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Saturday, 31 December 2011


Getting ready to say farewell,
words clear in my mind,
rehearsed to perfection,
masterpieces of short speeches
primed and ready to go.

What can go wrong?

At the pinnacle of emotions,
the heart will rule and unsettle me,
the words will stick, the mouth will dry,
surely as it should be.

Friday, 30 December 2011


I am dazzled by the knife blade in the sunlight,
my skin cuts easily but the pain is less than I imagined
and as my blood escapes I notice it is less red,
more emerald blue.

I see the history in it, the life and death - it is blood after all -
and as a delta appears on my hand, I resist the urge to lick
or press the wound, waiting for other colours in vain, continuing to
bleed emerald blue.

I hear songs and poetry, see old faces, hear breathing, sense spirits,
noises from a long-distance life, siren wails from wars on streets,
witness splashes of full-colour blood, sepia blood, black blood,
seldom emerald blue.

For this liquid is mine, my protective albumen, my defence, my roots,
an unstoppable slow-flow to mesmerise, to kindle feelings, to remind,
to stimulate a fondness for beginnings, to underline weaknesses, to ease 
feeling emerald blue.

Thursday, 29 December 2011


For Rita

There are moments
for memories,
for happiness,
for reflection,
for resolutions,
for forgiveness,
for creation,
for untangling,
for emptiness,
for consolidation,
for perspective
and, as now,
for sadness,
for appreciation,
for love.

Wednesday, 28 December 2011


Two near-identical trees, 
side by side,
one is dead still,
the other sways in the breeze.

I wonder which tree
is a reflection of me.

Tuesday, 27 December 2011


I was there when
the Minoans emerged in Crete,
the Mycenaeans arrived in Greece,

civilisation collapsed,

the Dorians invaded,

the colonies were founded,

Athens entered its golden age,
and the Hellenistic era
only to fall when the Romans came.

My table weighs heavy with myths

as I ponder another Bushmills tumbler.

I look at Plato, Saucero, Knifeo, Forko, Spoono,
and bang my head in boredom slumber.

Monday, 26 December 2011


Terror, murder and mayhem,
financial and climate concerns,
political and social bickering,
festive enjoyment classed as a crime,
naysayers, gurus and charlatans
out to subdue and suppress
any notion of human goodwill 
at this and every Christmastime.


Saturday, 24 December 2011


As Chrismas Eve
eases into Christmas Day,
I still listen
for the swoosh of a sleigh,
for bells in the sky,
refusing at fifty-seven
to let the magic die.

Sssssh! Listen...........

Friday, 23 December 2011


Two smells
resurrect images of my father:
sausages burning and shaving soap.

One day after a blazing row with him
my mother took us kids out of the house,
for a breather, fresh air, time for things to calm.
We came back to find him lying on the settee,
in a light, smokey haze, sleeping off the booze, 
while sausages burned in the frying pan.

In the half a dozen times 
he hugged me, the scent of earthiness
on his chin was overpowering but reassuring.
Affection did not come naturally to him.
Six hugs, one for every year of my life
before he walked away from us.

Thursday, 22 December 2011


She's a beacon,
a shining, guiding light,
I know what she means to me,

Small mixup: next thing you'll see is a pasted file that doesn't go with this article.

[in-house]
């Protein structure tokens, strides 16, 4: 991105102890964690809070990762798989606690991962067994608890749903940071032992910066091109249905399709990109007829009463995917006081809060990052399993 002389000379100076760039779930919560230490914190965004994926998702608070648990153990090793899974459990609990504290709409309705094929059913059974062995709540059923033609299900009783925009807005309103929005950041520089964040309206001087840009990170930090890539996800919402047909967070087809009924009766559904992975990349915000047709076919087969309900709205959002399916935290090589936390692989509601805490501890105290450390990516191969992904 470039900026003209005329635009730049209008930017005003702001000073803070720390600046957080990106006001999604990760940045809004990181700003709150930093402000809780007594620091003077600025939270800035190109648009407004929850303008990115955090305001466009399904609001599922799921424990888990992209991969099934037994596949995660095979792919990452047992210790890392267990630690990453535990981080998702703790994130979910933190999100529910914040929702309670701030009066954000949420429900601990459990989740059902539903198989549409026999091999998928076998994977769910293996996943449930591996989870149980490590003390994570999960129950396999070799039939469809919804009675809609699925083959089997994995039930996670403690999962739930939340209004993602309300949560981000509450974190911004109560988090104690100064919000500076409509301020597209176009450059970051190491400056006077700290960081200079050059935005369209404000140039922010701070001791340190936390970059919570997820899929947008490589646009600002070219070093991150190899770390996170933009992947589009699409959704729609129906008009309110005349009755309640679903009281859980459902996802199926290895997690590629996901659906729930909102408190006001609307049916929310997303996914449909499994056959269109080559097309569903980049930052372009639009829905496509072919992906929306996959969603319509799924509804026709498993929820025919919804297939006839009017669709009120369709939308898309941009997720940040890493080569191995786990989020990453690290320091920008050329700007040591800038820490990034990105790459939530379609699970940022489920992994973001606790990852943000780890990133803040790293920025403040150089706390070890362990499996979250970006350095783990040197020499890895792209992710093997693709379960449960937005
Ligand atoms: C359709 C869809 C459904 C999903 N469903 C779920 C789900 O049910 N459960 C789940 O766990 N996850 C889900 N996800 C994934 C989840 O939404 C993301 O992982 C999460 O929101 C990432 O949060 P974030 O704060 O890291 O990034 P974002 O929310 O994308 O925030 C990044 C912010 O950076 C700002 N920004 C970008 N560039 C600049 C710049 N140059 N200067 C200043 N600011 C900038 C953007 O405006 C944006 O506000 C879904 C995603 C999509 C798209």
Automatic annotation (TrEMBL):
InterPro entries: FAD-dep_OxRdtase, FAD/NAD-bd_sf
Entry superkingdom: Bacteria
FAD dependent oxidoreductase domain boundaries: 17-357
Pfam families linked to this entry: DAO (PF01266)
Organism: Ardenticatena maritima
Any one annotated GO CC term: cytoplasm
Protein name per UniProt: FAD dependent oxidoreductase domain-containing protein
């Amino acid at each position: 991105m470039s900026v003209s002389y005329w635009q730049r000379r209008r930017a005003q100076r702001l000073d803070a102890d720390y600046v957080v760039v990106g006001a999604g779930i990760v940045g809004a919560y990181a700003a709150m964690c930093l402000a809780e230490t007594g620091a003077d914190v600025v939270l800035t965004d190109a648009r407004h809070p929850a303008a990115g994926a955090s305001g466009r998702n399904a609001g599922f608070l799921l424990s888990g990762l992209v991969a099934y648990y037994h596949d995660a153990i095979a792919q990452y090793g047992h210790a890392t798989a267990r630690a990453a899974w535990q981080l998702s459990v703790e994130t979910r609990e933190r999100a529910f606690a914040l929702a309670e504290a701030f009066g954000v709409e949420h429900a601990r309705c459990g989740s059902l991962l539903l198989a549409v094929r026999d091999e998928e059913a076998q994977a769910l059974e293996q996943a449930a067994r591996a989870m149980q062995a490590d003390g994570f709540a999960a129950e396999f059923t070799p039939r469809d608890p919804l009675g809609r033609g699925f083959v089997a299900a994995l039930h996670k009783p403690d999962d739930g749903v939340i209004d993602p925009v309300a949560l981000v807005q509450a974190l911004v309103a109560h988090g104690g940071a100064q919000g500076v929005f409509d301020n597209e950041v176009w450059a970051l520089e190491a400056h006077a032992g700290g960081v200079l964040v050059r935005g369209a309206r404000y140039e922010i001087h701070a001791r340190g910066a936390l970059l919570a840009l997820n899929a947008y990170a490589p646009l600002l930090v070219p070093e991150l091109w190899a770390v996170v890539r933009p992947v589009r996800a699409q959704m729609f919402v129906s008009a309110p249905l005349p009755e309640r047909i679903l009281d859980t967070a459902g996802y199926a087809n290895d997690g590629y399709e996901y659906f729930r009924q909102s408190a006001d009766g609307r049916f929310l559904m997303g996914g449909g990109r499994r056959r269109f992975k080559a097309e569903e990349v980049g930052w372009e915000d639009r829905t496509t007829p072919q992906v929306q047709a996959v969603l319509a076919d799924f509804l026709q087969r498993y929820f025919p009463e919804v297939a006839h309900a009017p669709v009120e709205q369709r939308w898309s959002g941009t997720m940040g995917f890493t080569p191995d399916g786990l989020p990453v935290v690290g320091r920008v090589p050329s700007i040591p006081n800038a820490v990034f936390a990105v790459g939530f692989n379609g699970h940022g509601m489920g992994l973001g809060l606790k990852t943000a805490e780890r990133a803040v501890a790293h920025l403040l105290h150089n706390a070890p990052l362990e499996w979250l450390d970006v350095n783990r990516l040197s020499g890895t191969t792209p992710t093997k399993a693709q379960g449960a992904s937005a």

I need to know she's close.

I have no axe to grind,
except what's on my mind.

She's my strength,
a shoulder to cry on,
I know what she means to me,
I need to know she's there.

I have no axe to grind,
except what's on my mind.

She's my seasons,
my present, my future,
I know what she means to me,
I pray we last forever.

I have no axe to grind,
except what's on my mind,
except what's on my mind.

Wednesday, 21 December 2011


The chair 
was his chair.
He is no longer there
but the chair 
is still his chair.

Why do we stand
next to an empty chair?
He is not there
but he's always there.

It is still his chair.
It will always be his chair.

Tuesday, 20 December 2011


At that time, I was the only male in the house,
the day my sister's face drained at the sight of the mouse.
Her jaw-dropping, silent-movie gasp said it all
and I heard the panic yell of the "mouse catcher" call.

I slid the door between the kitchen and the sitting room
and tiptoed to the cupboard for the sweeping broom.
I banged the larder door to disturb the monstrous pest,
listening hard for scuffles between the thumpings in my chest.

"Have you got it? Have you killed it?" came my sister's yaps.
"Sssssshhh, be quiet!" I breathed, searching cracks and gaps
for tiny eyes and movements to reveal the hiding place
until, at last, the moment when we both came face to face.

Bangs, clatters and crashes echoed around the kitchen room
but the mouse had no chance against me and my lethal broom.
(Word must have spread to other mice
for we never had to do the same thing twice.)

Monday, 19 December 2011


Happily, Irish folk music has always been in my system and this is an affectionate tribute to The Clancy Brothers & Tommy Makem who immortalised the image of folk singers in cable stitch pullovers! I can hear myself singing this with a three chord arrangement on my old guitar.

Four aran jumpers singing of all shades of green,
of rebellions and highwaymen, martyrs and pretty colleens.
Four aran jumpers singing the songs of the past
of old folks in old times from Dublin up to Belfast.

Hearty and hellish, the tales of the tinkers, the drinkers, the rare mountain dew.
Rambling and roving the roads and the oceans and dining with John McEldoo.